Euroviews. The Sultanate of Sulu case shows the litigation funding industry is abusing the global legal system

The Government of Malaysia is engaged in a $14.92 billion (€13.85bn) legal dispute that challenges the sovereignty of the country. 

The matter involves a group of individuals self-proclaiming to be heirs to the defunct Sultanate of Sulu, Jamalul Kiram II, who received an arbitration award in February 2022 following their claim that Malaysia is in breach of a colonial-era land treaty involving North Borneo or Sabah, which today is an indisputable part of Malaysia.

Since then, Malaysia has faced an arduous and ongoing battle, incurring significant costs and the deployment of government resources to thwart the claimants’ frivolous claims and protect over 16% of our national budget. 

Malaysia’s position is unwavering — the case represents sophisticated abuse of the arbitration process that has no basis in law, and is nothing more than an attempt to extort a sovereign nation. I call this “The Sulu Fraud”.

Profit ahead of justice

One may question what relevance this case has to third-party litigation funding and the EU’s proposed regulation of the funding industry. 

The reality is that the Sulu case would not exist today without the involvement of a litigation funder, Therium, in bankrolling the claimants and their lawyers. Until today, we do not know how much the funder has spent. We do not know how the funder came to be involved. 

And we do not know how the funder came to an arrangement with a group of individuals who largely reside in the Philippines. However, we do know that they are putting profit ahead of justice.

When an industry becomes worth several billion dollars, one begins to question whether access to justice remains a central tenet or if it is simply a convenient soundbite.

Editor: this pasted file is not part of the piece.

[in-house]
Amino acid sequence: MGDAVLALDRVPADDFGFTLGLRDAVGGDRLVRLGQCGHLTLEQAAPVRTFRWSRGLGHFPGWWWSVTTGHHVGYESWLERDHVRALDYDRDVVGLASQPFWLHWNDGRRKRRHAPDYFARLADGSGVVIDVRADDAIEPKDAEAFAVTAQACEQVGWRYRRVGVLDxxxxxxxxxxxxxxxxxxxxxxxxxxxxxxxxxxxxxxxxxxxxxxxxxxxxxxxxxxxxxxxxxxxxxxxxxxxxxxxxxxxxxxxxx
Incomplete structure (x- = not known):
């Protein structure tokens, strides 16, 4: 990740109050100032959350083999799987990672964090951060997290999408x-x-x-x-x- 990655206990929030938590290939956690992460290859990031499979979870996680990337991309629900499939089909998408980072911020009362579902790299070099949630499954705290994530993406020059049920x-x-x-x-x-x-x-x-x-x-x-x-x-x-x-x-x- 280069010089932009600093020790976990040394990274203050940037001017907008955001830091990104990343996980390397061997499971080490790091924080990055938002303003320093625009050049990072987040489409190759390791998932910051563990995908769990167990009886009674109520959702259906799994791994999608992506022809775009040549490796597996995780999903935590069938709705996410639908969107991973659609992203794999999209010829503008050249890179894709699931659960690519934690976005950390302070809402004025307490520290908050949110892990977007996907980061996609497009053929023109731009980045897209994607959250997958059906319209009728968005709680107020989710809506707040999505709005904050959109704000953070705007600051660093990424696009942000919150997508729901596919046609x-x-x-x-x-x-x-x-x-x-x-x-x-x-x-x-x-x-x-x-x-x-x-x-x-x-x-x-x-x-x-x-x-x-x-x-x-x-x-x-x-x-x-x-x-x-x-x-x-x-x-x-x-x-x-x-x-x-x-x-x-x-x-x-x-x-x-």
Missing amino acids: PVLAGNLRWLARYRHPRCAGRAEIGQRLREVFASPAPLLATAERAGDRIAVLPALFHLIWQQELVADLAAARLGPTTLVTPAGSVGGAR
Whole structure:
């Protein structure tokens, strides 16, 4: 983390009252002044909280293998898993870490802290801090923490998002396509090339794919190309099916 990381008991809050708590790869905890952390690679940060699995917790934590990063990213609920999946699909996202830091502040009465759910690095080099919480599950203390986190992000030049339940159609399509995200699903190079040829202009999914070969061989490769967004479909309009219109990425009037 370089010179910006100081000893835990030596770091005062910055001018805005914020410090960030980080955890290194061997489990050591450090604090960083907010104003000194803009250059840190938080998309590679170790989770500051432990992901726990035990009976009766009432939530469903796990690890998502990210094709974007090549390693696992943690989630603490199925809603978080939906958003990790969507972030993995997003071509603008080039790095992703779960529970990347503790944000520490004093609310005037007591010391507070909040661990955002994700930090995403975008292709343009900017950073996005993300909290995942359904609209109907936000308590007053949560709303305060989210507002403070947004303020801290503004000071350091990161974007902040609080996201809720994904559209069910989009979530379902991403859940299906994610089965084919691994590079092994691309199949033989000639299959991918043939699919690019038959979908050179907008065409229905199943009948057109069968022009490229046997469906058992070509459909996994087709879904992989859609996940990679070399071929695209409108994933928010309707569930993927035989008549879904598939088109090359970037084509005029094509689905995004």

Esmail Kiram II talks with his brother Jamalul Kiram III as they pose for photographers at his residence in Taguig, south of Manila, March 2013

The litigation funding industry has boomed in recent years across the world. According to some research, Europe’s share of the global litigation funding market is projected to reach nearly 16% of a total of $18bn (€16.7bn) by 2025. 

It has been suggested that the global market could surpass $57.2bn (€53bn) by 2035, as the number of individuals and corporations seeking financial investment in order to pursue legal claims grows exponentially.

I understand that litigation funding plays a pivotal role in providing access to justice. In legal disputes around the world, litigation costs can easily add up due to legal fees, the costs of going to court, and often other unforeseen costs when a party intends to litigate.

However, when an industry becomes worth several billion dollars, one begins to question whether access to justice remains a central tenet or if it is simply a convenient soundbite. 

It is evident that litigation funders are betting significant amounts with the hope of collecting a handsome share of the winnings. 

As funding agreements are commonly made in secret, counterparties involved in a dispute, including a judge, may be unaware of what funding is in place, where the money originates, and any potential conflicts of interest that may subsequently arise, unless in rare circumstances where the funded party voluntarily make the necessary disclosure.